to ensure power generation in the correct plane. Kicking to the front, side or round meant the leg needed to be snapped or thrusted from, and crucially back to, the preparation position to observe the technical difficulty which the kicks require. Alan Sensei wanted to ensure the leg was not being “thrown” into place and thus lacking in delivery of the finer points of kicking which had been carefully mentioned. Managing the twist of the supporting leg and timing the hip action were all additional teaching points which Alan Sensei ensured the kyu grades grasped thoroughly, as their inclusion increases in the grading syllabus kihon and katas.
Alan Sensei then discussed how other striking points of the body should not be neglected. With the knuckles and wrists needing correct alignment and good strength development they can be trumped by the hard and readymade bony prominence of the elbow, save for the stimulation of the ulnar nerve (responsible for the “I will never get used to this” feeling of the funny bone). Alan Sensei engineered the empi strikes to mimic comparable directions to the front, side and round kicks covered prior. Working yoko-empi, mawashi-empi and age-empi the chest and shoulders would be at the forefront of needing to meet the relaxation Alan Sensei had defined earlier. The shoulder would become a tool with which to whip the arm into place and articulate the joint to its maximum range of motion in order to refine the strikes. When looking at the features of the rising elbow strike Alan Sensei also qualified the need to adjust the hand position to prevent bicep tension, reducing the chance of injury and limiting the extension. Twisting the hand palm to ear, would protect against this and when coupled with expansion of the side elevated the stretch considerably more. This reinforced the importance of only recruiting the muscle groups required and not hampering a technique with a feeling of tension and strength which can increase with age as the younger student’s mobility is frequently more easily unimpeded. This neatness became a theme throughout the course and students had also covered a number of footwork exercises when coupled with the elbow sequence without realising it; stepping, half-stepping and sliding meant a huge amount had already been explored inside the one hour session.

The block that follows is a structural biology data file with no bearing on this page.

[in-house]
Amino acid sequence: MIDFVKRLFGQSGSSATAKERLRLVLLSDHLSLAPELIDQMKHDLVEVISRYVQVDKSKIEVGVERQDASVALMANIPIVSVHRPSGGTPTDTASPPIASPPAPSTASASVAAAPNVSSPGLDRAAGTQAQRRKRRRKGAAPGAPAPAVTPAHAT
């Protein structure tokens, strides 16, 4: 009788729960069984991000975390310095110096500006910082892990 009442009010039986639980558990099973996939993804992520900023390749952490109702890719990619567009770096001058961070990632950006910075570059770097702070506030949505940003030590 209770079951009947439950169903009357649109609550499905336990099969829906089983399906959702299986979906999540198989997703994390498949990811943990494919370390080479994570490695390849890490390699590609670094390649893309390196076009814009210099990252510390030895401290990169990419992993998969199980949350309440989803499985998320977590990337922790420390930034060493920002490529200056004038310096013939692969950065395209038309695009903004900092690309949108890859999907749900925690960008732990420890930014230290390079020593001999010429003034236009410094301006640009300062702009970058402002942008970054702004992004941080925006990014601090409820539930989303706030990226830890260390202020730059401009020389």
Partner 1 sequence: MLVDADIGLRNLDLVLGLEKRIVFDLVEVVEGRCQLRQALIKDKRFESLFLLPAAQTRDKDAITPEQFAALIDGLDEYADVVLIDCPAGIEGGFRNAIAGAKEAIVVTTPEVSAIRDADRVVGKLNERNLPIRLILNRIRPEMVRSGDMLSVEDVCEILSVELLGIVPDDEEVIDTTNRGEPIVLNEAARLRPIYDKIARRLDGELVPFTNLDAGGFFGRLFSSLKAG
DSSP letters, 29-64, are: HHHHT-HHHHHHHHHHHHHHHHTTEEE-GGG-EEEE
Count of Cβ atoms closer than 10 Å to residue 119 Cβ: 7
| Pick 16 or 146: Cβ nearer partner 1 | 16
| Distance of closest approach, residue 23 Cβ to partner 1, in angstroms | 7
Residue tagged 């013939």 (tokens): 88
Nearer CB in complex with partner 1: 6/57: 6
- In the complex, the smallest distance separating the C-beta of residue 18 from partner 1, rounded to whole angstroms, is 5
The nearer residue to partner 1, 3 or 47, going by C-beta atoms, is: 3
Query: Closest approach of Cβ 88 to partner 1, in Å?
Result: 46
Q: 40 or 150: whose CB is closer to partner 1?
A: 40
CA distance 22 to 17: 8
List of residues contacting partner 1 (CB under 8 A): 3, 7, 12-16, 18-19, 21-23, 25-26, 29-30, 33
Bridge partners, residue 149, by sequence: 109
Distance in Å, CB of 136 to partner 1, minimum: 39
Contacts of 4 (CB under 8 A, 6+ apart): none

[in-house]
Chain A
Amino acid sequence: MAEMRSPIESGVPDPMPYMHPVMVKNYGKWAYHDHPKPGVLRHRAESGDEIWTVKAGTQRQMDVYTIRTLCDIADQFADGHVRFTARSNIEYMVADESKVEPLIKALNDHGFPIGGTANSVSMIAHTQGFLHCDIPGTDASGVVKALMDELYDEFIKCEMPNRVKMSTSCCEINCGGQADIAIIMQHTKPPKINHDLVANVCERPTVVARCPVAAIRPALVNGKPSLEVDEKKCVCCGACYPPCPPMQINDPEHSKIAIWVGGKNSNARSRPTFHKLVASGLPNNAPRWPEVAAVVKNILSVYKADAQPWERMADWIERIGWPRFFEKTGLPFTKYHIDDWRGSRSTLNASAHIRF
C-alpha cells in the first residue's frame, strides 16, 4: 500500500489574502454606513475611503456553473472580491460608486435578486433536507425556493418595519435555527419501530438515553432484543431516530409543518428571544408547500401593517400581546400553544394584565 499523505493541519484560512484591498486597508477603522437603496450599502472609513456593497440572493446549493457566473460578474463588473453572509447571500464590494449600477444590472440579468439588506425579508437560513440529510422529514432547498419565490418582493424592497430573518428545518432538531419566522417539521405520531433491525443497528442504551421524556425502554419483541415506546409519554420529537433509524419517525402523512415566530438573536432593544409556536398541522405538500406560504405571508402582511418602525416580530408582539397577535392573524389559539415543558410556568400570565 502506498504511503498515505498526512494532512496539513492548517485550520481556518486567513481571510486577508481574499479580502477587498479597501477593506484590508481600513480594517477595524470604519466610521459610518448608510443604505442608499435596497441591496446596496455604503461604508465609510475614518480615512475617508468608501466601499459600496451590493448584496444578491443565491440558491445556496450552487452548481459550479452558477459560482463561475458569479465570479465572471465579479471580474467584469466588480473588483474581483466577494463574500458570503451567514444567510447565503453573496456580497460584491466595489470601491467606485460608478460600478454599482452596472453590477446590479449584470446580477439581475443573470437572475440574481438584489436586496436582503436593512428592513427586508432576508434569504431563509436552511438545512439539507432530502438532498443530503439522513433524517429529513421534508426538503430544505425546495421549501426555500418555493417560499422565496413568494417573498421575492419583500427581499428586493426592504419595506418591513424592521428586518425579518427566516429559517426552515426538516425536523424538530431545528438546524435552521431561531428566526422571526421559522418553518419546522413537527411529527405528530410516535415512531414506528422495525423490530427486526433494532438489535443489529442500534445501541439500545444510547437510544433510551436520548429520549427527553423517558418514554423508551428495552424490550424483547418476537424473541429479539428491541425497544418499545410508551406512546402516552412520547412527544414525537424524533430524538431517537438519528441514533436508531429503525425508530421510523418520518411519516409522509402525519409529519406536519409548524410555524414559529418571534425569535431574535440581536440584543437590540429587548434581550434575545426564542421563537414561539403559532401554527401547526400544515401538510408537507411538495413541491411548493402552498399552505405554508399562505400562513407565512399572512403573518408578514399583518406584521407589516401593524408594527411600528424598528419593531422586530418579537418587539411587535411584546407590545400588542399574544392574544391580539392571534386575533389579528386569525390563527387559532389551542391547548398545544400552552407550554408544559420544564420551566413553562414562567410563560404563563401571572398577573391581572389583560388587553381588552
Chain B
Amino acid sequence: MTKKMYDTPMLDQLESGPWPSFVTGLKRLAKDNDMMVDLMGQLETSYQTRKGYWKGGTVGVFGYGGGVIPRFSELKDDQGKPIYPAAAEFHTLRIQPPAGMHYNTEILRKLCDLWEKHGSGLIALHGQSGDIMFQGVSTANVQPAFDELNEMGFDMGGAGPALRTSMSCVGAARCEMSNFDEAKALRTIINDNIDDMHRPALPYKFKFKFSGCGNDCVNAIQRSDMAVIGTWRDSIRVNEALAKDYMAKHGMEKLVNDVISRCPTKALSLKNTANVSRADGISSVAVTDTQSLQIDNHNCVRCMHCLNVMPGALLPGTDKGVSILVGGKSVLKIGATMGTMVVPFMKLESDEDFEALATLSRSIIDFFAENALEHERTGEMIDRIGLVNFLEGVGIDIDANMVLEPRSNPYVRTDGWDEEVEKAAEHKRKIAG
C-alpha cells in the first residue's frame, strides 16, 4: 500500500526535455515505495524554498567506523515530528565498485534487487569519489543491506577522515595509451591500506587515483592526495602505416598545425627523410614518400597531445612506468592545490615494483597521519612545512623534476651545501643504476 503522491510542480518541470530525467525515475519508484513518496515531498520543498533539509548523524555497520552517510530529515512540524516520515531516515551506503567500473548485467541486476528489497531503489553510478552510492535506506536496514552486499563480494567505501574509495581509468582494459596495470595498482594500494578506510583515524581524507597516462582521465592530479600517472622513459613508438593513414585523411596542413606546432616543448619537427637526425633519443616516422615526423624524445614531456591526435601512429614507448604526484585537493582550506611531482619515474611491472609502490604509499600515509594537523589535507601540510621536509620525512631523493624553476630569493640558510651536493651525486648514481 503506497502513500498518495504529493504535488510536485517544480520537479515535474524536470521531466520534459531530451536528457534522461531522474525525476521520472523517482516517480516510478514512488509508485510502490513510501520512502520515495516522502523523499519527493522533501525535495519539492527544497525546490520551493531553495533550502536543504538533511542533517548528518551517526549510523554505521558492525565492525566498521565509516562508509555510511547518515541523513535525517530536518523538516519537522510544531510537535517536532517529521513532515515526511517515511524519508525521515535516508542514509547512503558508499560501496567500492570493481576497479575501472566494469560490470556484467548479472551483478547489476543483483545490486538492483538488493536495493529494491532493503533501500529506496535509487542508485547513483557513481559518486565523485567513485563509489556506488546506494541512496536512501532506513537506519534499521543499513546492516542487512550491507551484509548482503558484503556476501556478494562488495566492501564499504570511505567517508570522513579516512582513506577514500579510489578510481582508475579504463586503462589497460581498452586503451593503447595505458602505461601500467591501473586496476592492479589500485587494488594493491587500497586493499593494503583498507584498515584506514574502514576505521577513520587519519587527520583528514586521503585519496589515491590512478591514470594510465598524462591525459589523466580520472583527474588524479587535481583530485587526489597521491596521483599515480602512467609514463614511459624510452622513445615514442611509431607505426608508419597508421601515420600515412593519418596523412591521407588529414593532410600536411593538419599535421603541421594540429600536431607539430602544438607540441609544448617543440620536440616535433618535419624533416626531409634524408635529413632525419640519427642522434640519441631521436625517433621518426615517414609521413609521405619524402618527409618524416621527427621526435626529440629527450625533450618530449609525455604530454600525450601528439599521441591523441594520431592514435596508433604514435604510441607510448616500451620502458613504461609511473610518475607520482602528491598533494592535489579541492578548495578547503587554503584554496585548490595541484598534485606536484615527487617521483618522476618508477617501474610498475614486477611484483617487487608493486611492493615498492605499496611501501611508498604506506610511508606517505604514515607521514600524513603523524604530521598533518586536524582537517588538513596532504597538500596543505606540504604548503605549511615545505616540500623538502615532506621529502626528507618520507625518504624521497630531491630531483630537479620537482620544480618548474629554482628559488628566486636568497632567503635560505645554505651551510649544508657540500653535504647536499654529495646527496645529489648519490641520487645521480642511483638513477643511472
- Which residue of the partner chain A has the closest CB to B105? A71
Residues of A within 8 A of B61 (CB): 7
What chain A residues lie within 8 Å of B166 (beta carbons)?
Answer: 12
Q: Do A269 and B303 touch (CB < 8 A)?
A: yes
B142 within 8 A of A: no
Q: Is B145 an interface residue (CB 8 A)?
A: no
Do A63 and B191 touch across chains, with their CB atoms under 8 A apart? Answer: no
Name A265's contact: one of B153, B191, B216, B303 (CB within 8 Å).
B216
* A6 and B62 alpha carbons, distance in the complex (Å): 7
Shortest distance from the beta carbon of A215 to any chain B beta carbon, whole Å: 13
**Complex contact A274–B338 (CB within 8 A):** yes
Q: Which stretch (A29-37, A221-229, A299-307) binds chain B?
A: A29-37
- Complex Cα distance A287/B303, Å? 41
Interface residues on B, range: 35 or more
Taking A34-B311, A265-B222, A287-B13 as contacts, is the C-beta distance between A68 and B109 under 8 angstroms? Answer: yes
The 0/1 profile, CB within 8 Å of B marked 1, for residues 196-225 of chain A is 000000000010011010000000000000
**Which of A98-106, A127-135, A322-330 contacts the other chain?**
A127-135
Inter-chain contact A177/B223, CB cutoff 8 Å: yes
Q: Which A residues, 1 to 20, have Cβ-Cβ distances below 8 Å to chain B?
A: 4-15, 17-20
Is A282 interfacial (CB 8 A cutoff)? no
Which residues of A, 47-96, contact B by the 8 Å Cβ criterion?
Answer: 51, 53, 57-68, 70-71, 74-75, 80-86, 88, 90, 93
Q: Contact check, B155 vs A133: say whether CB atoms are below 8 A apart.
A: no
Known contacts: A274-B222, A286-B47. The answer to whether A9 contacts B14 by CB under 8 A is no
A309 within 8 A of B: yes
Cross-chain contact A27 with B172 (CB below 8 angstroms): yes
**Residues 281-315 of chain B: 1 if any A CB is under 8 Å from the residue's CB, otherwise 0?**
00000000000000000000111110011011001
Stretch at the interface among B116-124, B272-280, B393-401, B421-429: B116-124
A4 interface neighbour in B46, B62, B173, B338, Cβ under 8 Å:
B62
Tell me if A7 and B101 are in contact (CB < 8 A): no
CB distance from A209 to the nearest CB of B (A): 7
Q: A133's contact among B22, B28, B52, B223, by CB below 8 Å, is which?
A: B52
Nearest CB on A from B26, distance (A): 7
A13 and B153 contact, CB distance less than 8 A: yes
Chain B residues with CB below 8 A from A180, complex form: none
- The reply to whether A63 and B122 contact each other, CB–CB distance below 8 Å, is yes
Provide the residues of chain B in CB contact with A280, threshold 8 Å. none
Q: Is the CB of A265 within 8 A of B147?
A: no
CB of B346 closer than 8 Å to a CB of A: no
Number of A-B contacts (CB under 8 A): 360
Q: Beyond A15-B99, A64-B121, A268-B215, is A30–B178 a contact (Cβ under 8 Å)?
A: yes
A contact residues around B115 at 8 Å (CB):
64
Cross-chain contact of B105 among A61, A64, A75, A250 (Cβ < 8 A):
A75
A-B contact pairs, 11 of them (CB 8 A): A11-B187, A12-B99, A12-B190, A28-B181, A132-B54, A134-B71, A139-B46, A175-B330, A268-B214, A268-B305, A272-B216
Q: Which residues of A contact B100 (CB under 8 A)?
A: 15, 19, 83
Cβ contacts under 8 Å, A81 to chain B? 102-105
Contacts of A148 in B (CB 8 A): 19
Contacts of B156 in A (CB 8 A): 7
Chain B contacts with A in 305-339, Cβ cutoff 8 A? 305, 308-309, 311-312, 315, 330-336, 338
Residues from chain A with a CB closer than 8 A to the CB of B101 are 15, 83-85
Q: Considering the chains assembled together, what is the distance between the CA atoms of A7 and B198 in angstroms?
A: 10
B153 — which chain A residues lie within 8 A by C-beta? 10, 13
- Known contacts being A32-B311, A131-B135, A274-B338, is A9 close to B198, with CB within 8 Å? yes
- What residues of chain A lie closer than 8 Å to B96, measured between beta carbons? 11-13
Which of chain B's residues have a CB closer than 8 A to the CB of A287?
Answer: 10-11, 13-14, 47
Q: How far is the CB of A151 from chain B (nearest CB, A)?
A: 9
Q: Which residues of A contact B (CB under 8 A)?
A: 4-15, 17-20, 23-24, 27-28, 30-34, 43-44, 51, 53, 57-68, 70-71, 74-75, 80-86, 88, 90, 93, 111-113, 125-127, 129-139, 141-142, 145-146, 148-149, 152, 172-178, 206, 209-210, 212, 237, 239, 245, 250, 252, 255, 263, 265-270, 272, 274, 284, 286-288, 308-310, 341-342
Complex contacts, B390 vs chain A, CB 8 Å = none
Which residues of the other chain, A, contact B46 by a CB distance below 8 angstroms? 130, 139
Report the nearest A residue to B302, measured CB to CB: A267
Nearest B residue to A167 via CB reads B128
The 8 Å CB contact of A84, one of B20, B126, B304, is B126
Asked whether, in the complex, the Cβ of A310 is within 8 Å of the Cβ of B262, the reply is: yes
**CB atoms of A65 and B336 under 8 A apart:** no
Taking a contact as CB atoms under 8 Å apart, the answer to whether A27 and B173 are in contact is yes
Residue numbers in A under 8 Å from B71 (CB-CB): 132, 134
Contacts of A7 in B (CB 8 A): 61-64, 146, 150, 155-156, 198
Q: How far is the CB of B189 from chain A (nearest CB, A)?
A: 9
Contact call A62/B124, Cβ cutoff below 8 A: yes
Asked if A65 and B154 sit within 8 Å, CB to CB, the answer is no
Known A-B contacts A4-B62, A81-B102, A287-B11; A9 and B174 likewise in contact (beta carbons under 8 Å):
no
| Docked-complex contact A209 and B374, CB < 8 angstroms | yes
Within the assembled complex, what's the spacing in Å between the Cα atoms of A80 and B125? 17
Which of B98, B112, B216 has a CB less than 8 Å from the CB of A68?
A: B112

Alan Sensei reminded students of how their imagination is needed more than ever to replace the contact element of kumite which we all find ourselves missing fiercely. Tekki shodan would finish the session and allow Alan Sensei to reveal how the lesson’s content correlates to all aspects of karate-do. Finishing with the essential zanshin to bring the kata and lesson to a close and after the bow, Alan Sensei was thanked by all in physical or virtual attendance with a round of applause and paid the same thanks himself to all those supporting the first JKS England course of this nature.
The second session then started with fresh faces in the dojo as new students took to their spots. Once again, Alan Sensei was welcomed and began with an onus on flexibility and relaxation right from the start. Grounded choku-tsuki punches would warm up the body and arms before stances would be integrated. To address the stiffness and tension which can be found all too easily with hand techniques Alan Sensei demonstrated how students should deliver fast and relaxed movements with core control and bodyweight behind them without the limitation of matching the timing of the hand to the foot. Continuous punches and front stance changes were incorporated to provide the natural flow and rhythm desired. The speed was then increased with the changing punches not having to conform explicitly to the landing of the foot, meaning that students could find their “groove”.